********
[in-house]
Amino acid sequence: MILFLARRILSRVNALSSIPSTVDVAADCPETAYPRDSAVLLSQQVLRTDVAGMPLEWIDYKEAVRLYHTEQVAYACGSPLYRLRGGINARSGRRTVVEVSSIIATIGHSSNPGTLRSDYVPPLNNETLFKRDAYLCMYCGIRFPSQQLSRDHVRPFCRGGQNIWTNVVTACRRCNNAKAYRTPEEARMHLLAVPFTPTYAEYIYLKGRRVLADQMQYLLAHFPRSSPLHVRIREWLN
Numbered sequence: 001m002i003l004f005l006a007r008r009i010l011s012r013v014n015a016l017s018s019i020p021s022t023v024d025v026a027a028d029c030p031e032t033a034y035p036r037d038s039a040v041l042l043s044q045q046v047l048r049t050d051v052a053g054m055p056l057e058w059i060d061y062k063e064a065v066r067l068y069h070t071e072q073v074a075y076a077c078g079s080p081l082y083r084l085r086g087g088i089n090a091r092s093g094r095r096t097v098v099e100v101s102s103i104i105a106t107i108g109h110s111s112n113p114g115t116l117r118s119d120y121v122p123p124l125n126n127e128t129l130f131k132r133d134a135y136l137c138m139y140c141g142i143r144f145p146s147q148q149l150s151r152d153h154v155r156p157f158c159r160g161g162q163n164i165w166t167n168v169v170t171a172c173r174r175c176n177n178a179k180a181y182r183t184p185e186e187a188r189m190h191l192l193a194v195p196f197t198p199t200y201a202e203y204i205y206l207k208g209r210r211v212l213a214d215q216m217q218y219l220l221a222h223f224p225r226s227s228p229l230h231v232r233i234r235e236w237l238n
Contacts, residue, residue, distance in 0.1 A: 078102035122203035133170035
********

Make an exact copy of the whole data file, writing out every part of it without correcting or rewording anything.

[in-house]
Amino acid sequence: MILFLARRILSRVNALSSIPSTVDVAADCPETAYPRDSAVLLSQQVLRTDVAGMPLEWIDYKEAVRLYHTEQVAYACGSPLYRLRGGINARSGRRTVVEVSSIIATIGHSSNPGTLRSDYVPPLNNETLFKRDAYLCMYCGIRFPSQQLSRDHVRPFCRGGQNIWTNVVTACRRCNNAKAYRTPEEARMHLLAVPFTPTYAEYIYLKGRRVLADQMQYLLAHFPRSSPLHVRIREWLN
Numbered sequence: 001m002i003l004f005l006a007r008r009i010l011s012r013v014n015a016l017s018s019i020p021s022t023v024d025v026a027a028d029c030p031e032t033a034y035p036r037d038s039a040v041l042l043s044q045q046v047l048r049t050d051v052a053g054m055p056l057e058w059i060d061y062k063e064a065v066r067l068y069h070t071e072q073v074a075y076a077c078g079s080p081l082y083r084l085r086g087g088i089n090a091r092s093g094r095r096t097v098v099e100v101s102s103i104i105a106t107i108g109h110s111s112n113p114g115t116l117r118s119d120y121v122p123p124l125n126n127e128t129l130f131k132r133d134a135y136l137c138m139y140c141g142i143r144f145p146s147q148q149l150s151r152d153h154v155r156p157f158c159r160g161g162q163n164i165w166t167n168v169v170t171a172c173r174r175c176n177n178a179k180a181y182r183t184p185e186e187a188r189m190h191l192l193a194v195p196f197t198p199t200y201a202e203y204i205y206l207k208g209r210r211v212l213a214d215q216m217q218y219l220l221a222h223f224p225r226s227s228p229l230h231v232r233i234r235e236w237l238n
Contacts, residue, residue, distance in 0.1 A: 078102035122203035133170035